By Zachary Wright
Roosevelt University is looking into potentially merging with another private school within the next five to 10 years, according to Provost Lois Becker and SGA President Brandon Glynn.
At a SGA Senate meeting held on Thursday, Sept. 27, Glynn said President Ali briefly commented about potentially merging with another university. Glynn said the school would have to be a private and non-religious school. Furthermore, the school would take the Roosevelt name.
“To literally merge with another university, it’s a five to ten year process,” Provost Becker said. “First of all, there’s all this, let’s say if you move the university or had all the plans like what provost would move where, you’d have to go through the Department of Education, the Higher Learning Commission – that’s the regional accreditor for the Midwest – and you’d have to go through the Illinois Board of Higher Ed,” said Provost Becker, commenting that process alone would take up to two to three years.
Currently, it is not yet known what university would take the Roosevelt name. “Really, at this point, all we’re doing is talking about it and thinking about it,” Provost Becker said. “It wouldn’t be a public, it would be a private. It would have the same mission as Roosevelt, so it would be non-religious. It would take the Roosevelt name,” said Provost Becker, commenting the Roosevelt name is valuable, not just in Chicago, but across the world.
Plans for the merge are still in the very early stages. Provost Becker said merging with another university could start as sharing a residence facility, similar to the University Center or sharing certain services. “Something that could be far less than immersion, we could look into that – something that the board could say we can go ahead and do that,” Provost Becker said.
“The full merger, it would be down the road. It’s in the context in a lot of schools merging,” Provost Becker said. Roosevelt would not be the first university in the Chicago area to go ahead with this process. University of Illinois at Chicago recently acquired John Marshall Law School over this past summer. In bigger schools, Purdue University acquired the online university mogul Kaplan University to allow students to attend online in 2017. “There are certain efficiencies of scale we could get. We’re ways off,” Provost Becker said.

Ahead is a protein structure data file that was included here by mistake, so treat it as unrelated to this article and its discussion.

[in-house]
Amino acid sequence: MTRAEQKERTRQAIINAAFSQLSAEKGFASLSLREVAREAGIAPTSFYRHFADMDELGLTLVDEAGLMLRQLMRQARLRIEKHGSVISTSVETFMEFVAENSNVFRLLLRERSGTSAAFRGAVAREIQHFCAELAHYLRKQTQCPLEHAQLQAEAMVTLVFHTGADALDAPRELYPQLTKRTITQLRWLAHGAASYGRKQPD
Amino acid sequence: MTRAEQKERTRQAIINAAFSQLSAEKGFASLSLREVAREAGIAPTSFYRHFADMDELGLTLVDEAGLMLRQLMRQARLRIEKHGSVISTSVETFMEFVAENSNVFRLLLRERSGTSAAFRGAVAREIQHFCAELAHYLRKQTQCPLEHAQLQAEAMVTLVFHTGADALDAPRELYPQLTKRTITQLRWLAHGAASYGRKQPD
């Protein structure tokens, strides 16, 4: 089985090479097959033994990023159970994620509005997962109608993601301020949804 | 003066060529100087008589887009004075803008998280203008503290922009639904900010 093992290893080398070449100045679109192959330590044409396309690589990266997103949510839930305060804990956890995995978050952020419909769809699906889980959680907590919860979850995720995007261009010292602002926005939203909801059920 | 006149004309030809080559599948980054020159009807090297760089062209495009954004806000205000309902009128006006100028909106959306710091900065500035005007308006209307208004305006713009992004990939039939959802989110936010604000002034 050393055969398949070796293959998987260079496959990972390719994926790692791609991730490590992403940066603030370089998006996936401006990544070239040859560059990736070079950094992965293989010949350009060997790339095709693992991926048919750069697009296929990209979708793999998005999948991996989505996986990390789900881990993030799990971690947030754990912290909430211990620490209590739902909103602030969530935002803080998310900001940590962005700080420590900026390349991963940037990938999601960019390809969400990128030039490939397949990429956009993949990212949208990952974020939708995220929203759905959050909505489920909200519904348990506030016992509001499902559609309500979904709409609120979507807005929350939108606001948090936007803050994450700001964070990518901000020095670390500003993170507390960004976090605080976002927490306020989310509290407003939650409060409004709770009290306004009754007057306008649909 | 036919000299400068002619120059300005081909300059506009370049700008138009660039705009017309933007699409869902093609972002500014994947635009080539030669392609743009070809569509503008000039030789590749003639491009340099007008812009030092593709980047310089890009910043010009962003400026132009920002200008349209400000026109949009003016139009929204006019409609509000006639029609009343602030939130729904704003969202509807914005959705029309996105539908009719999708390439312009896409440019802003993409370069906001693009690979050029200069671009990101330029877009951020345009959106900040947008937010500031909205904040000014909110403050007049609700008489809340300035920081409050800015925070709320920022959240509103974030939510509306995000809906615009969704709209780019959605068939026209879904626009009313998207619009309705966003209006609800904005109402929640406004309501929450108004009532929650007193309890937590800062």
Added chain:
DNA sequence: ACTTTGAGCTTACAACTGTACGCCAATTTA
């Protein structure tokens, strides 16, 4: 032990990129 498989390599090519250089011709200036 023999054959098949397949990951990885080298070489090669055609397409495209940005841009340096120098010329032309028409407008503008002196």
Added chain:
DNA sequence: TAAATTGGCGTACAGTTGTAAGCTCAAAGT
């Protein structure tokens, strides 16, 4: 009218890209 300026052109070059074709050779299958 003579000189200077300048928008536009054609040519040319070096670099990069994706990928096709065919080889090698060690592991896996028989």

Currently, all students attending Roosevelt would not be directly affected by the merger. “What it would probably do is bring in more programs,” said Provost Becker, stating there may be new programs that could be offered to RU students in the future.
Senior political science major and SAFAC chair Jonathan Talley asked Provost Becker if merging affects degree plans for current students. “Things that were already issued, what your degree plans are now – that’s going to stay the same,” said Provost Becker, meaning degrees already earned by alumni will not change, nor would it change for the next few classes that are graduating.
The decision to start looking into merging with a school has been brought up 10 years ago with National Louis University, but that plan fell through and never took off the ground.
Provost Becker said many schools, in spite of size, are looking to merge within the next decade or so due to the predicted decline in high schoolers graduating. However, Provost Becker said this steps is to “stay ahead of the game” and keep the school open for the next 100 years.
“There is a declining rate of high school graduates in Illinois in general, as well as a large number of schools vying for the same students, ” SGA President Glynn said.
According to a study released by the Western Interstate Commission of Higher Ed, the number of expected high school graduates is expected to drop and plateau in the decade of 2020. In the state of Illinois, the number of high school graduates is expected to drop by a few thousand starting the next decade. Currently, the report released by WICHE stated there are approximately 65,000 seniors registered in an Illinois high school, but in 2029, it is expected to drop to a little over 57,000.
“The thing is, there are a lot of smaller schools that just aren’t going to make it,” Provost Becker said. “The demographics are going down.”
“In higher ed, they are talking a lot about mergers. So, it is partially how to figure out how to stay ahead of the game, to be at the size where we know this university will be around for the next hundred years,” Provost Becker said. “It is not out of the sense of any panic or urgency. It’s just we need to look at our options.”